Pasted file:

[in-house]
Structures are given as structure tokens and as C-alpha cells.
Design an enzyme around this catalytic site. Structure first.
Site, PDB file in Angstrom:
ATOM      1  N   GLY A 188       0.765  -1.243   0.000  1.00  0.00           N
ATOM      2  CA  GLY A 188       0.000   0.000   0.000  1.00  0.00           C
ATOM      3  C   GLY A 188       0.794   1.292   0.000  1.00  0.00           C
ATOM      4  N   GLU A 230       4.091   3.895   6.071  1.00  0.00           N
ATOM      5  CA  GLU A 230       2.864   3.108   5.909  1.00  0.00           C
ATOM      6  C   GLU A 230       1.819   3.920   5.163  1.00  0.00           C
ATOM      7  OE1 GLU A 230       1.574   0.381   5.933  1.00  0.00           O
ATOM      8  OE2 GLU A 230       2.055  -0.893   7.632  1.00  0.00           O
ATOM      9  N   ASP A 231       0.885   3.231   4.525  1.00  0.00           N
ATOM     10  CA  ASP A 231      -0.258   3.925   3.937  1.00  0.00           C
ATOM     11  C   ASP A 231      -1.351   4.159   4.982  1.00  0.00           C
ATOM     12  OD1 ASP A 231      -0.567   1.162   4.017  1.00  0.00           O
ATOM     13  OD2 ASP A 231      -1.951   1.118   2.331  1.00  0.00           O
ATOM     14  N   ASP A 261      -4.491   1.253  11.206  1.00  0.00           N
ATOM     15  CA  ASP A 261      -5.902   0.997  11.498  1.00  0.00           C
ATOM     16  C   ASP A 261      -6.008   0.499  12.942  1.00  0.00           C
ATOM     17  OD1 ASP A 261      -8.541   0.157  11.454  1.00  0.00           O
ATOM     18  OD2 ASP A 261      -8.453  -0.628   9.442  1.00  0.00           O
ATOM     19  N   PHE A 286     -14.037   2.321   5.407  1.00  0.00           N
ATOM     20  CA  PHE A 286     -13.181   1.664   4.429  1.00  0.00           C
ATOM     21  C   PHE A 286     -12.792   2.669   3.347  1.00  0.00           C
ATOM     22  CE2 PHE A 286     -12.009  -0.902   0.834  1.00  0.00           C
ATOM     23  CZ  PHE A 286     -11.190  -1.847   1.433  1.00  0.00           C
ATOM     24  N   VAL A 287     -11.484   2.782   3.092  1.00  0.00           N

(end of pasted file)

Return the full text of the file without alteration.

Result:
[in-house]
Structures are given as structure tokens and as C-alpha cells.
Design an enzyme around this catalytic site. Structure first.
Site, PDB file in Angstrom:
ATOM      1  N   GLY A 188       0.765  -1.243   0.000  1.00  0.00           N
ATOM      2  CA  GLY A 188       0.000   0.000   0.000  1.00  0.00           C
ATOM      3  C   GLY A 188       0.794   1.292   0.000  1.00  0.00           C
ATOM      4  N   GLU A 230       4.091   3.895   6.071  1.00  0.00           N
ATOM      5  CA  GLU A 230       2.864   3.108   5.909  1.00  0.00           C
ATOM      6  C   GLU A 230       1.819   3.920   5.163  1.00  0.00           C
ATOM      7  OE1 GLU A 230       1.574   0.381   5.933  1.00  0.00           O
ATOM      8  OE2 GLU A 230       2.055  -0.893   7.632  1.00  0.00           O
ATOM      9  N   ASP A 231       0.885   3.231   4.525  1.00  0.00           N
ATOM     10  CA  ASP A 231      -0.258   3.925   3.937  1.00  0.00           C
ATOM     11  C   ASP A 231      -1.351   4.159   4.982  1.00  0.00           C
ATOM     12  OD1 ASP A 231      -0.567   1.162   4.017  1.00  0.00           O
ATOM     13  OD2 ASP A 231      -1.951   1.118   2.331  1.00  0.00           O
ATOM     14  N   ASP A 261      -4.491   1.253  11.206  1.00  0.00           N
ATOM     15  CA  ASP A 261      -5.902   0.997  11.498  1.00  0.00           C
ATOM     16  C   ASP A 261      -6.008   0.499  12.942  1.00  0.00           C
ATOM     17  OD1 ASP A 261      -8.541   0.157  11.454  1.00  0.00           O
ATOM     18  OD2 ASP A 261      -8.453  -0.628   9.442  1.00  0.00           O
ATOM     19  N   PHE A 286     -14.037   2.321   5.407  1.00  0.00           N
ATOM     20  CA  PHE A 286     -13.181   1.664   4.429  1.00  0.00           C
ATOM     21  C   PHE A 286     -12.792   2.669   3.347  1.00  0.00           C
ATOM     22  CE2 PHE A 286     -12.009  -0.902   0.834  1.00  0.00           C
ATOM     23  CZ  PHE A 286     -11.190  -1.847   1.433  1.00  0.00           C
ATOM     24  N   VAL A 287     -11.484   2.782   3.092  1.00  0.00           N